MAP: The hottest parts of Italy this weekend

Italy has placed 16 cities under ‘red alert’ on Saturday as the latest intense heatwave sweeps the country.

MAP: The hottest parts of Italy this weekend
Rome is sizzling this week in higher temperatures than the seasonal average. Photo by Andreas SOLARO / AFP)

Italy’s latest heatwave is set to peak in all parts of the country “within the next 24-36 hours”, according to weather reports on Friday, with temperatures of “38-40°C in the shade, in particular in the Po Valley, Tuscany, Umbria and Lazio”.

The cities and provinces of Perugia and Palermo are already under the maximum level ‘red alert’ heat warning on Friday, August 5th.

READ ALSO: What temperatures can we expect in Italy in August?

The number rises to 16 on Saturday, with the addition of Bolzano, Brescia, Campobasso, Florence, Frosinone, Latina, Milan, Rieti, Rome, Turin, Trieste, Venezia, Verona and Viterbo.

‘Red alert’ or bollino rosso heat warnings indicate extreme conditions that can be harmful to the health of the general population.

Many other cities in northern and central Italy on Friday were under level two ‘amber alert’ warning, which mean extreme heat poses a risk to more vulnerable groups such as the elderly or very young.

Weather warnings in place in Italy’s main cities for Friday, August 5th. Image: Italian Health Ministry

The stifling conditions in many areas will also worsen air pollution, the ministry warned, meaning that those with respiratory problems or allergies are also liable to suffer.

But even those in good physical health are at risk of dehydration, sunstroke, sunburn and exhaustion, authorities warn.

After a series of prolonged heatwaves this summer, the good news is that the current one won’t last as long, forecasters said on Friday.

“In the north we will see a drop in temperatures already on Sunday, in the centre from Monday, and probably from Tuesday we will be able to breathe again in the south, even with some scattered rain,” wrote Antonio Sanò, director of the Il Meteo weather website.


The health ministry is urging people to take precautions including staying indoors in the afternoon when the heat is most intense, drinking plenty of water, and avoiding physical exercise during the day. It also asks people to check on neighbours living alone, particularly the elderly.

The government has also reminded people not to call emergency services unless essential to avoid overstretching resources.

In Italy, prolonged hot and dry conditions this year so far have already resulted in the worst drought in 70 years and a wildfire season three times worse than average.

Experts have repeatedly attributed the increasing frequency and intensity of heatwaves and other extreme weather events in Italy to global heating.

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Italy braces for strong winds and heavy rain as Storm Louis approaches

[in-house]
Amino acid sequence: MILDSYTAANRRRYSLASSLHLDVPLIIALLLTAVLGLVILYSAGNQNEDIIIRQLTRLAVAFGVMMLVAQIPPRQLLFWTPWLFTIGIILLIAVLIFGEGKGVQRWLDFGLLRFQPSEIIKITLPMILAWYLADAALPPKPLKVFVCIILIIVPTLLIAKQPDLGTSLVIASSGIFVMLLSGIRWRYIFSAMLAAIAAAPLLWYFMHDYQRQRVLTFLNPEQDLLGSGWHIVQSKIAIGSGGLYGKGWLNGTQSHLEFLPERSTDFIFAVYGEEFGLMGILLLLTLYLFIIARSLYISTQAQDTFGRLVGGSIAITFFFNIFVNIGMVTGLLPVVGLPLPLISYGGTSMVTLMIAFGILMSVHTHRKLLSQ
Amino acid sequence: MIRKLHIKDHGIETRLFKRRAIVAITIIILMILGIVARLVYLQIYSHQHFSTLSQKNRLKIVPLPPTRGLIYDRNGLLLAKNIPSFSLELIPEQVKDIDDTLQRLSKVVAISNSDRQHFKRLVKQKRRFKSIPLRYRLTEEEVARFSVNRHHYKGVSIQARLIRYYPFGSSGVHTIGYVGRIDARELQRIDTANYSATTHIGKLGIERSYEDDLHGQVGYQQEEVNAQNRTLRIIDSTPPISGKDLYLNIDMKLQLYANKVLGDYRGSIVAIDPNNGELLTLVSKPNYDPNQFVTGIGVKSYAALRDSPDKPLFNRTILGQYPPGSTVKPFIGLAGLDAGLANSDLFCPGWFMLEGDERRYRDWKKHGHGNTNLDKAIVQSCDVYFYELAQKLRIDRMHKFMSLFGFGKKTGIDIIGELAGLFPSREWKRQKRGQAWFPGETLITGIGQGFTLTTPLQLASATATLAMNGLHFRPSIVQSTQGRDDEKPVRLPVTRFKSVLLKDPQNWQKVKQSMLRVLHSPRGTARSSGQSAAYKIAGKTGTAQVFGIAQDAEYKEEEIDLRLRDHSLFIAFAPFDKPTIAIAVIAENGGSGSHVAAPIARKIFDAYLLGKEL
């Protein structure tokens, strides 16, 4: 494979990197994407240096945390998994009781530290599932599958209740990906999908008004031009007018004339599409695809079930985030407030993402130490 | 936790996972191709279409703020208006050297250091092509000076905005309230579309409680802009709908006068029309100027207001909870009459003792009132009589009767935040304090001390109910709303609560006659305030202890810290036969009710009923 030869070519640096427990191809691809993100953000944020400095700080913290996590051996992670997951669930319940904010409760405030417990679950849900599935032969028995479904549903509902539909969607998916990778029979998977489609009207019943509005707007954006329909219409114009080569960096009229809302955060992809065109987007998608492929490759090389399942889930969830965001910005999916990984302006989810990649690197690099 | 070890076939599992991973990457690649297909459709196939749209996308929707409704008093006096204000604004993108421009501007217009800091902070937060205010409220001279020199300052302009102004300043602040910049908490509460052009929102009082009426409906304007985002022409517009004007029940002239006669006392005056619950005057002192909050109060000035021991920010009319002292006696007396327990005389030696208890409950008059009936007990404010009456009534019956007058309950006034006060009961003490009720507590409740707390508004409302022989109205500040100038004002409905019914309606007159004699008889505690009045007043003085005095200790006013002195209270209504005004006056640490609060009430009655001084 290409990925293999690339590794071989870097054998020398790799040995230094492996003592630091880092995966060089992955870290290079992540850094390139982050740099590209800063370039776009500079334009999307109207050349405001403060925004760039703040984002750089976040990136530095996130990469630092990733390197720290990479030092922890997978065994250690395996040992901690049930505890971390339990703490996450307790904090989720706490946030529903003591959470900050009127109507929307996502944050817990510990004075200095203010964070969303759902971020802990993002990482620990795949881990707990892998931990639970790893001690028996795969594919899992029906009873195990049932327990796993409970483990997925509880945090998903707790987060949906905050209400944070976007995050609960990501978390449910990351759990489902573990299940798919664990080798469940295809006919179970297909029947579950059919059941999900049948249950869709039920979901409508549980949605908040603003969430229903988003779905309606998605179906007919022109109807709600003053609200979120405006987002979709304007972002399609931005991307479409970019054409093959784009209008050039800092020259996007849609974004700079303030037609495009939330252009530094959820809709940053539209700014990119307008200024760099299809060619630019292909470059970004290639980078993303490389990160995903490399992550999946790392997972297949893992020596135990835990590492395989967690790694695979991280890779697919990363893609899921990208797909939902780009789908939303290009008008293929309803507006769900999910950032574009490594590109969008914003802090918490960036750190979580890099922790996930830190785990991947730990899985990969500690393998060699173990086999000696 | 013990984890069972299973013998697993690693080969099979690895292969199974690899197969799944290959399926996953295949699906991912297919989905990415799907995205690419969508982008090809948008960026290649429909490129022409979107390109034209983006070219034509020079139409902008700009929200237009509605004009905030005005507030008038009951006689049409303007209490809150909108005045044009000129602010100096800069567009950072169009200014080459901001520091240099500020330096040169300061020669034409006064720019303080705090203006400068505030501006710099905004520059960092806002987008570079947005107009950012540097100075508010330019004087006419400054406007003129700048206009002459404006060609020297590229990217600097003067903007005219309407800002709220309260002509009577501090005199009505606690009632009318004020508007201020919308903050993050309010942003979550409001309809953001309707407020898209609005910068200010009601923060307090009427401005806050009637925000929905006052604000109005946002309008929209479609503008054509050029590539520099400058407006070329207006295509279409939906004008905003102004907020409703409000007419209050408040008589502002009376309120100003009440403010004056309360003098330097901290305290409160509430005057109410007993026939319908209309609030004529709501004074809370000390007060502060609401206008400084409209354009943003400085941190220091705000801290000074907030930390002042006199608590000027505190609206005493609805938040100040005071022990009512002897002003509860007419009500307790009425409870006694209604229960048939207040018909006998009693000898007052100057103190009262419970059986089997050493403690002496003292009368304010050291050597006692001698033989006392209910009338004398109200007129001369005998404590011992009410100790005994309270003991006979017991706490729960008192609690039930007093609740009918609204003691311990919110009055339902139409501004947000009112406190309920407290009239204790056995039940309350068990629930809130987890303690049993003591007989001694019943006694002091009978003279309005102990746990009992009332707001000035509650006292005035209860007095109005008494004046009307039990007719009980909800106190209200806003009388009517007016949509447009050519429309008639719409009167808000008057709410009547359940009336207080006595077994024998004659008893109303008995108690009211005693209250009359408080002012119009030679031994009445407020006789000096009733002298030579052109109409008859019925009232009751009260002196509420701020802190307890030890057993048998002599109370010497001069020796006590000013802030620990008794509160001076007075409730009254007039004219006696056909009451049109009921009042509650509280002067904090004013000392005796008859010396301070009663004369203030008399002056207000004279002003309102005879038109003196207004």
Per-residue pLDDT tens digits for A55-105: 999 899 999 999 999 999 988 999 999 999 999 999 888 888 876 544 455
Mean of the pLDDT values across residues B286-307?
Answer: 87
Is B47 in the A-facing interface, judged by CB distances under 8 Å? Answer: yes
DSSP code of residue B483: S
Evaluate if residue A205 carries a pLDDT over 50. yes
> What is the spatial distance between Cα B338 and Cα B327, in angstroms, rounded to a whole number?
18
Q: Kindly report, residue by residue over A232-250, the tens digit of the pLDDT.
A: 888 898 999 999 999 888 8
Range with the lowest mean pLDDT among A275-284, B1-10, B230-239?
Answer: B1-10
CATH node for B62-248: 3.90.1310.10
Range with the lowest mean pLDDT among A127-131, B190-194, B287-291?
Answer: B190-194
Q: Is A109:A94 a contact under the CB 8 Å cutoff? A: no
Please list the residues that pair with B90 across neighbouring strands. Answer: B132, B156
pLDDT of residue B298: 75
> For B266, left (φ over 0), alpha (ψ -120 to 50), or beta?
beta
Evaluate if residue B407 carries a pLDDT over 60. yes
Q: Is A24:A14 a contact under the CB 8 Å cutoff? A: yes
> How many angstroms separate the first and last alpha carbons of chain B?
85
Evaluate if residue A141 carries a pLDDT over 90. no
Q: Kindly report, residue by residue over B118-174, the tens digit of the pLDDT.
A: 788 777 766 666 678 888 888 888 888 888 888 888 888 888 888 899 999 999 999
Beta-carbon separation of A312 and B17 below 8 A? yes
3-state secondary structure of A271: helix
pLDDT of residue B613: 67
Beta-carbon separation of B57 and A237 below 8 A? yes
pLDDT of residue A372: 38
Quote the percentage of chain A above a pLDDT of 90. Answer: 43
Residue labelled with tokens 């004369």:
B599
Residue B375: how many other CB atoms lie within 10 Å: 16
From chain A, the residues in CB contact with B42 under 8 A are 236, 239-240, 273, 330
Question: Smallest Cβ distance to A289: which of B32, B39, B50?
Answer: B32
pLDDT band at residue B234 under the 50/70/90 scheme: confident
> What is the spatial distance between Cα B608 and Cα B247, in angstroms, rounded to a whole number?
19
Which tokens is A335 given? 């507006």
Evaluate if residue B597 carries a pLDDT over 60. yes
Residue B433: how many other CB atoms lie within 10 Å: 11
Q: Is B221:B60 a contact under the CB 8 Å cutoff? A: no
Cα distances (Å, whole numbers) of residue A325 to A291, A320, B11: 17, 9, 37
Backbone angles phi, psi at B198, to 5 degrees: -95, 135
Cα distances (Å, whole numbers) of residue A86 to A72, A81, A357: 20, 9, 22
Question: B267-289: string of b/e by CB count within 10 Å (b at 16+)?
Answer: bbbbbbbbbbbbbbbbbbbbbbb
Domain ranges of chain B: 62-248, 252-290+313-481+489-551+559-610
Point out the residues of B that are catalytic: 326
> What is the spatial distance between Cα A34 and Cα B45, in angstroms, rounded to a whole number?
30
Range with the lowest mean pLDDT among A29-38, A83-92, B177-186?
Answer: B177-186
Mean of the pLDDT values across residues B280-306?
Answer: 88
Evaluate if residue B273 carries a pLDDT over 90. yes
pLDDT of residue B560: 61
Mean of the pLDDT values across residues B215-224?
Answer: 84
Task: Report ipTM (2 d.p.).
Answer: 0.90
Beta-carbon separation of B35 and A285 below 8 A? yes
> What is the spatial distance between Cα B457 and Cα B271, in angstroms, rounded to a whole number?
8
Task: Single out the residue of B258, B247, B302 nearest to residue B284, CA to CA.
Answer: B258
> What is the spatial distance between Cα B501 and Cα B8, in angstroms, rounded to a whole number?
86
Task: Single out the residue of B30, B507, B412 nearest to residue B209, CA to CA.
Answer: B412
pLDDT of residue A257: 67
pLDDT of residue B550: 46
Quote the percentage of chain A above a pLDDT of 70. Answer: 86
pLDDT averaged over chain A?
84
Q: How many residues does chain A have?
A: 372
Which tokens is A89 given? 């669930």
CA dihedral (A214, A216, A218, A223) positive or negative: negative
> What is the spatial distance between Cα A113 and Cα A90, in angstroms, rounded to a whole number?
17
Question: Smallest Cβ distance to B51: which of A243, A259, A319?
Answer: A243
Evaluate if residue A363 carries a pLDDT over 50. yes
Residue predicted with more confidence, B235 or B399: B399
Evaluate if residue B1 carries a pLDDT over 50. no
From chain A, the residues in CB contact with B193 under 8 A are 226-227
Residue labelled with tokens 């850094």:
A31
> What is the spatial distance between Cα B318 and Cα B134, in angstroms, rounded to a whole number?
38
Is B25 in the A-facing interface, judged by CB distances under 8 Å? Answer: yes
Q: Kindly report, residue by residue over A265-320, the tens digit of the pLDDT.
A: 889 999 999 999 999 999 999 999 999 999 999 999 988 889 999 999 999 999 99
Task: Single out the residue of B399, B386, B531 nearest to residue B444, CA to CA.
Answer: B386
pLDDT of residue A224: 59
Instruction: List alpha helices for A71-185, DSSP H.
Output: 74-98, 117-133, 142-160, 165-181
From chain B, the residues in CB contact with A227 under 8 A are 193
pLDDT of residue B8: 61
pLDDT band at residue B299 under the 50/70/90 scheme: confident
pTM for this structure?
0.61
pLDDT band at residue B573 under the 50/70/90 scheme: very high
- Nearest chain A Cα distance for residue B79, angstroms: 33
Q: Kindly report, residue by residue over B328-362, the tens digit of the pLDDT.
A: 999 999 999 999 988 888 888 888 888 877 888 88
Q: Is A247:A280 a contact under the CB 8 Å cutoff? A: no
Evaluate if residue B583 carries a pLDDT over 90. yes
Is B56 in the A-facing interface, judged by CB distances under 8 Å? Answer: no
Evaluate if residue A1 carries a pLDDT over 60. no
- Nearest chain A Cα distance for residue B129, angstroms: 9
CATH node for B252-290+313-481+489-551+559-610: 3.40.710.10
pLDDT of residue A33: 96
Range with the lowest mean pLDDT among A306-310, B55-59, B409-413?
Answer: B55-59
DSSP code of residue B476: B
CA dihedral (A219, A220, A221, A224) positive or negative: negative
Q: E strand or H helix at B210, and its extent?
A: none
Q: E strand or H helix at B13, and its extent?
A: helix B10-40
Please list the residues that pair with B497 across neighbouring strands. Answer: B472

Five Italian regions were placed under weather warnings on Monday as a cold front moves in from the Atlantic, with storms, snow and possible hail forecast.

Italy braces for strong winds and heavy rain as Storm Louis approaches

Storms, heavy rain and strong winds are forecast for Italy over the next few days as Storm Louis moves in from France.

The storm, which recorded windspeeds of over 100km/h, caused one death in France’s Deux-Sèvres department and left 90,000 homes in the north of the country without electricity last week.

Italy’s Civil Protection Department issued ‘yellow’ weather alerts for the northernwestern regions of Liguria and Piedmont on Monday, as well as for parts of Lombardy, Tuscany and Emilia-Romagna.

In a press release issued on Sunday, the department warned of “widespread rainfall and heavy snowfall,” as well as “possible hailstorms and strong gusts of wind”.

Snow is expected above altitudes of 400-600m in southern Piedmont and the bordering Liguria hinterland, and at 600-800m in parts of Piedmont, Lombardy, Veneto and the province of Trento, authorities said. 

A yellow alert is the least severe of Italy’s three-tier colour-coded weather warning system, but still indicates some level of risk.

READ ALSO: EXPLAINED: What do Italy’s storm alerts mean?

River levels are likely to rise rapidly and waterways could become flooded, as could nearby underpasses, tunnels, and basement-level structures.

There is the occasional threat to public safety and the possibility that lives could be lost in unforeseen circumstances.

On Monday, an external staircase collapsed at a school in Genoa following several hours of heavy rain. No one was injured in the incident, though a parked car was reportedly damaged by the falling debris.

While the disturbance will begin in the north of the country, parts of Sardinia, followed by Lazio, Umbria and Marche, can expect heavy rainfall later in the day.